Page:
News | Sept. 13, 2016

Army, DLA senior leaders discuss ways to improve readiness via close work on metrics, other areas

By John Bell

Senior leaders from the Army and the Defense Logistics Agency discussed how they can better track and project shortages in military equipment and more fully adopt a common system for monitoring disposal of excess or worn-out equipment at the annual Army/DLA Day at the Pentagon Sept. 8.

The event, led by Army Lt. Gen. Gustave Perna, deputy chief of staff for the Army’s logistics enterprise, and Air Force Lt. Gen. Andy Busch, director of DLA, included several commanders and directors of DLA’s primary-level field activities, civilian and military, as well as the senior enlisted advisor for both organizations and from the Army Materiel Command.

Perna is a former commander of DLA Troop Support and in 2012 was inducted into its Hall of Fame.

A major focus was reducing shortages at deployed Army units. Although the Army is smaller in numbers than in recent years, there will be less advanced notice and less if any theater-provided equipment, Perna noted. Given those factors, “we have a lot of work to do inside the Army, but we need a lot of help from DLA,” he said.  The group focused on several parts and systems for the M1A1 Abrams tank, analyzing how better metrics could forecast shortages more accurately.

Perna noted that the Army chief of staff will soon require him to present quarterly readiness metrics that offer greater specificity. This means proactive, leading indicators of future needs, he emphasized, rather than, for example, a fleet-readiness status from last month.

Those leading indicators will include recent metrics on all combat systems, including aviation, ground combat, ground support, as well as munitions, Perna said.

Busch affirmed DLA’s commitment to help the Army in that endeavor and noted that the mission to increase readiness without increases in funding is key to DLA’s supporting role. “My mission for the 21 months that I’ve been the director has been to find willing partners” such as the Army logistics staff, he said. “This is exactly where the logistics enterprise ought to be going.”

To that end, “I’ve asked the staff and PLFAs to look at the metrics we’re using and pull out the things our customers are looking at that aren’t always [coded] ‘green’,” Busch said.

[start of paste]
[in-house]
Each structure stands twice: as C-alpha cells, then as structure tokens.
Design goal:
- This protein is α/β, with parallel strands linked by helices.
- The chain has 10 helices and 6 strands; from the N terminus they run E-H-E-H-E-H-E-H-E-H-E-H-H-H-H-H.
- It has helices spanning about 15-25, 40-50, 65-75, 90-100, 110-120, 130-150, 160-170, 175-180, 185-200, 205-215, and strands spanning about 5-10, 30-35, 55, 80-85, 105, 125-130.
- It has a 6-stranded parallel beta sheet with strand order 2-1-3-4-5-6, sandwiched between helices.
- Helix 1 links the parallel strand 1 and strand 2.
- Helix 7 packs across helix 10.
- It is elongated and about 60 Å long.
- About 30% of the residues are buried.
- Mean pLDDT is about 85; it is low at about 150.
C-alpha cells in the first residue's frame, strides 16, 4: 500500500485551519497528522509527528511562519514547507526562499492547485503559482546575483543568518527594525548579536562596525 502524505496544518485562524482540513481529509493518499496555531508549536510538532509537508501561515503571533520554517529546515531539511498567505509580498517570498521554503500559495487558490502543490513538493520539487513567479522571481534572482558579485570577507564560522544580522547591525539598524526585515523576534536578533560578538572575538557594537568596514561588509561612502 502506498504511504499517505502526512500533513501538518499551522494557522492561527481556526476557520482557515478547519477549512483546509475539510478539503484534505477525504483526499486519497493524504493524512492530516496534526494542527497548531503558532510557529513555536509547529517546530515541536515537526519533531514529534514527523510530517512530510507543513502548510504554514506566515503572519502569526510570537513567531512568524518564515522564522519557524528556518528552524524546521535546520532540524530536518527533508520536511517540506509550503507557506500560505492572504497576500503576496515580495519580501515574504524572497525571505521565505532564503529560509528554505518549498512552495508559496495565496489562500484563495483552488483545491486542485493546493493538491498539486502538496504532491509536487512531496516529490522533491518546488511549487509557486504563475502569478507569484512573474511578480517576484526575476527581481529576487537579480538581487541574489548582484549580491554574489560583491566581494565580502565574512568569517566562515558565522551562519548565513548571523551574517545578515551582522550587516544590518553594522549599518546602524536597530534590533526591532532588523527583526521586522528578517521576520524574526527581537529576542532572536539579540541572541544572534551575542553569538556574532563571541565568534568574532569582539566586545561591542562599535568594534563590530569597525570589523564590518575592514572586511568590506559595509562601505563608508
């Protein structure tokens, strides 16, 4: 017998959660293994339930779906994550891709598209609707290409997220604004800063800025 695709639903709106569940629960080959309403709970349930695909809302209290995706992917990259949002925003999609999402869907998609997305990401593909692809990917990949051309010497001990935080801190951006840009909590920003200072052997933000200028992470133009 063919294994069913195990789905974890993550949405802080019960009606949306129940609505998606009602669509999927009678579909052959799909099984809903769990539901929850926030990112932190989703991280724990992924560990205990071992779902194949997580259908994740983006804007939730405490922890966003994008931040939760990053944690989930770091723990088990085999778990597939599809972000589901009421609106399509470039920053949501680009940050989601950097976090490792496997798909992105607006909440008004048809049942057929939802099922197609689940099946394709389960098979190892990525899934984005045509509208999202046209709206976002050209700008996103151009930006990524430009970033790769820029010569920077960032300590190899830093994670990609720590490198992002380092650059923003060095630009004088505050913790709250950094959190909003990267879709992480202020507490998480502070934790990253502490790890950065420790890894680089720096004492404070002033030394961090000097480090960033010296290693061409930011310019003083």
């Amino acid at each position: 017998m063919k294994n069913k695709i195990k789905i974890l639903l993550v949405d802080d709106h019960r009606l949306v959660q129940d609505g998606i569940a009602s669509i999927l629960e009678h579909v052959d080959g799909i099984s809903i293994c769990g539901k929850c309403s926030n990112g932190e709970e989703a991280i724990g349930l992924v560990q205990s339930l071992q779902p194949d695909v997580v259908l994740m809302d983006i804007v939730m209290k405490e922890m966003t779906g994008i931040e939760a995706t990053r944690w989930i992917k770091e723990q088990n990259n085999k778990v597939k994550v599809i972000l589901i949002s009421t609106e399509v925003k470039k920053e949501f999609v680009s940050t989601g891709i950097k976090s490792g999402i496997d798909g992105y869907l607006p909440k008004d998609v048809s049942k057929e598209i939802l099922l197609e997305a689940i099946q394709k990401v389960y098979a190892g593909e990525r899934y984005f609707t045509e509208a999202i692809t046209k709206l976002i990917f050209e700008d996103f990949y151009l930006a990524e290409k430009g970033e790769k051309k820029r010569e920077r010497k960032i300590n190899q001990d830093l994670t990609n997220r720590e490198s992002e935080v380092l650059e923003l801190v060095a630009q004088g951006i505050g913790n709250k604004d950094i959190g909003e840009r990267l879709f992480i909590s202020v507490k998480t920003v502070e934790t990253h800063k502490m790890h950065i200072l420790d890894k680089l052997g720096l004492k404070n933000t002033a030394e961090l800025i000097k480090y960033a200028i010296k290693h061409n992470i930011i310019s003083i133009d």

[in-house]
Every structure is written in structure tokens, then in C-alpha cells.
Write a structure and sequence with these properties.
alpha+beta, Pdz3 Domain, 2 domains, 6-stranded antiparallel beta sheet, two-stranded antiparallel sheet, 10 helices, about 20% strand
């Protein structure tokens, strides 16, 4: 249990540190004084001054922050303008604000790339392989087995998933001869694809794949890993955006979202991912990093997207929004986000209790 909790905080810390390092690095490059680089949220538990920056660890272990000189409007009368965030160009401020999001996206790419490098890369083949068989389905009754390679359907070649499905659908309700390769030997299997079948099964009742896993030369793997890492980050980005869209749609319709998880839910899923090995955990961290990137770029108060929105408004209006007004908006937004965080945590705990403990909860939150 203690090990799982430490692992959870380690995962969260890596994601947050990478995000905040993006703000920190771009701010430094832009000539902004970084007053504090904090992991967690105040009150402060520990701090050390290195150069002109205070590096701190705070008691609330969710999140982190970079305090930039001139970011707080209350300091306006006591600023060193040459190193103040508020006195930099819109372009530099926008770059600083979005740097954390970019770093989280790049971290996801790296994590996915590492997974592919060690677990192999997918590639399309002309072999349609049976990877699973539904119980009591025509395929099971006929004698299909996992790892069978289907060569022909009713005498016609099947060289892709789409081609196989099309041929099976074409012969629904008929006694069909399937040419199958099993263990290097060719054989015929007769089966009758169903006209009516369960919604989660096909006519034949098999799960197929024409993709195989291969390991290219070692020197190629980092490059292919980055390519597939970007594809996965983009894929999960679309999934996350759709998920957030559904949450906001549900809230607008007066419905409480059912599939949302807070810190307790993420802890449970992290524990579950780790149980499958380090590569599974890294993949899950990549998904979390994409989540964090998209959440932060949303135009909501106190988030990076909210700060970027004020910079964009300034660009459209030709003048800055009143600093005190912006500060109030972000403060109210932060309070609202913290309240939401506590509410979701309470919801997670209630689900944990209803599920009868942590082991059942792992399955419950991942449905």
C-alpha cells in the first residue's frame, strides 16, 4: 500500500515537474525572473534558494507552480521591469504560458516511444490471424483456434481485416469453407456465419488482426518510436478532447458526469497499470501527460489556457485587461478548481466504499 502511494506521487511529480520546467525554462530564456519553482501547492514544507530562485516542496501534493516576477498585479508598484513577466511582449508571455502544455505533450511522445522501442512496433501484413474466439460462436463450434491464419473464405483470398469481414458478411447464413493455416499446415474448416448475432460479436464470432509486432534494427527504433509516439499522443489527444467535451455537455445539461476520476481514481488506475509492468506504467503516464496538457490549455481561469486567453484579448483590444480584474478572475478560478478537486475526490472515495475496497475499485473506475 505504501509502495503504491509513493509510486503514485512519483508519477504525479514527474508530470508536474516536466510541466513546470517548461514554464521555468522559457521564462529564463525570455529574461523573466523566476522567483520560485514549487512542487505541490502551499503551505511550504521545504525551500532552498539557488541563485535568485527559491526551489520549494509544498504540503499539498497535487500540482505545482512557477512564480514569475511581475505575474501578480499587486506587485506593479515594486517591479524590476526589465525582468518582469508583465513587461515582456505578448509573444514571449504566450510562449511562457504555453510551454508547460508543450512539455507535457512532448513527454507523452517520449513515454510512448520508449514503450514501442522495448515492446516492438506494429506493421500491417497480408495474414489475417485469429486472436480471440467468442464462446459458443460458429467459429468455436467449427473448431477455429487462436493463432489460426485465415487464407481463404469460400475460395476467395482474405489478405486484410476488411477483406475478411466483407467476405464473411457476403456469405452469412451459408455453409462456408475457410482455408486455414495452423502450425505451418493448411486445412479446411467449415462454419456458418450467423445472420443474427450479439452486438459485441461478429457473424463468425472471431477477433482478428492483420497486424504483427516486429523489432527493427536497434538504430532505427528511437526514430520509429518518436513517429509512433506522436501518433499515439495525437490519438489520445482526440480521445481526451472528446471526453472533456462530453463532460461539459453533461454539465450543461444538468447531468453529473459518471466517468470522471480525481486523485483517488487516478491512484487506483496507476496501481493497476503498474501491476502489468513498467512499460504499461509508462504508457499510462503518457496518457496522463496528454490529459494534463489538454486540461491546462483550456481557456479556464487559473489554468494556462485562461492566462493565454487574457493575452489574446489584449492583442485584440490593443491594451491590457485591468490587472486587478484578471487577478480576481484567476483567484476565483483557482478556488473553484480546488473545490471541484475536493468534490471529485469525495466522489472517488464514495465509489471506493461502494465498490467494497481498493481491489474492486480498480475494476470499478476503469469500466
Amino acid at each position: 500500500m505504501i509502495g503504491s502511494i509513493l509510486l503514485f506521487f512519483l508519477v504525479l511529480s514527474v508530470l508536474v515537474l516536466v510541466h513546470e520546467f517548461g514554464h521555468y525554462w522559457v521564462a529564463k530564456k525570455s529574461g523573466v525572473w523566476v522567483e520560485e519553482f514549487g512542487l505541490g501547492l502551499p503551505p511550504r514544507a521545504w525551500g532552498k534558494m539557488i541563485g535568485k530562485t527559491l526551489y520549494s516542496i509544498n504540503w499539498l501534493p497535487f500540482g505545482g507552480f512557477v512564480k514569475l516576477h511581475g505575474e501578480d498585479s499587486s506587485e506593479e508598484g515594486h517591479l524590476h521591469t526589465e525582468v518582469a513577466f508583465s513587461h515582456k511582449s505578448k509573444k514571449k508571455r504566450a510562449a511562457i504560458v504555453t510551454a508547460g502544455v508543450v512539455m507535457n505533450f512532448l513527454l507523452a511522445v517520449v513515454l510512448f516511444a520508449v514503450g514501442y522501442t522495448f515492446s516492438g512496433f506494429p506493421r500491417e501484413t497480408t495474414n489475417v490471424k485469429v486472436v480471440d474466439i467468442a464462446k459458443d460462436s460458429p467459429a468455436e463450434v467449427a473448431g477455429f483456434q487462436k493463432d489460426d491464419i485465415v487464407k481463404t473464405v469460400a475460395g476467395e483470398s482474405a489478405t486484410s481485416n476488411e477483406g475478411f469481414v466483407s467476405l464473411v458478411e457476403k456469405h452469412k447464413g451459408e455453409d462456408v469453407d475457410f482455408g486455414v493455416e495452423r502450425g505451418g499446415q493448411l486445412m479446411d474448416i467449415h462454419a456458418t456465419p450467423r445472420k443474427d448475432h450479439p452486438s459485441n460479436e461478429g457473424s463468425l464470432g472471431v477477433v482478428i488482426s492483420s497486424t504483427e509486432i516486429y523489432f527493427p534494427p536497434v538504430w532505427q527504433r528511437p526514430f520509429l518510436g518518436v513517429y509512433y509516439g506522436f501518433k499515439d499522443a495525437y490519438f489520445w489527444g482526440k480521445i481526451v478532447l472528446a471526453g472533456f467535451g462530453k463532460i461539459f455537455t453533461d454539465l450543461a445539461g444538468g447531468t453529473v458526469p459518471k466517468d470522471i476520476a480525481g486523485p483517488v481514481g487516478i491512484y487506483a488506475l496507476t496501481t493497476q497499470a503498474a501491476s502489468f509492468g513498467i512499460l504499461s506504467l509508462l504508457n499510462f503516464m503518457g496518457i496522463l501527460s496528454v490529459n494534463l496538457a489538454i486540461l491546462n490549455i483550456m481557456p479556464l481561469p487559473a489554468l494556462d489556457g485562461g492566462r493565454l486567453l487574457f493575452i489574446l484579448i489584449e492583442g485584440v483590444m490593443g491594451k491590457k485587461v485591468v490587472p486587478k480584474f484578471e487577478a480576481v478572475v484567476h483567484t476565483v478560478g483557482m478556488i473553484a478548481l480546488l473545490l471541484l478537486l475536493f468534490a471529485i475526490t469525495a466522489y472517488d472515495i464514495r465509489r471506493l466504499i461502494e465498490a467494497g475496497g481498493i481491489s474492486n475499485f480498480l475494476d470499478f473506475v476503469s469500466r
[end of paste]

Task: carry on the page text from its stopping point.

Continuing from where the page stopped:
Maj. Gen. Steven Shapiro, the Army’s director of operations for logistics and previously the commander of DLA Troop Support, was frank about the difficulties. “We’re not making good on ground or aviation [readiness] standards,” he said.

“The supply chain is one part of the story — looking behind us to see if the contractor’s going to do it,” Shapiro said. “We need trained warrant officers to diagnose and build the right demands — not just the supply chain.” 

The group also discussed contracting challenges, such as long-term contracts that have long wait times, inconsistent use of authorized stockage lists, and the difficulty of using an accurate algorithm, given a consistently high operational tempo. However, noted Shapiro: “DLA has done a lot of work reducing acquisition lead times.”

One area for improvement is where numerous parts or items are either not on a contract or have a contract that has not yet been ratified. “We have to do more corporate contracting,” Perna said, eliciting a nod of agreement from Busch.

A third area of major discussion was divestiture. Current problems range from Army units not sending “carcasses” of inoperable vehicles in for repair promptly to out-of-cycle turn-ins and choke points in the process.

However, Mike Cannon, director of DLA Disposition Services, recalled telling his Army interlocutors in the first-ever Army/DLA Day, “If you can tell me what, when and where and get us involved early in the planning process, we can support you. And you’ve done that,” he said.  “And honestly, I think our partnership right now is better than it’s ever been right now between Disposition Services and the Army,” Cannon added. 

Army Command Sgt. Maj. Charles Tobin, the DLA senior enlisted leader, noted that educating the senior noncommissioned officers will be key to making sure everyone uses the same system and thanked the DLA and Army staff for their ongoing hard work in making both groups’ processes more efficient.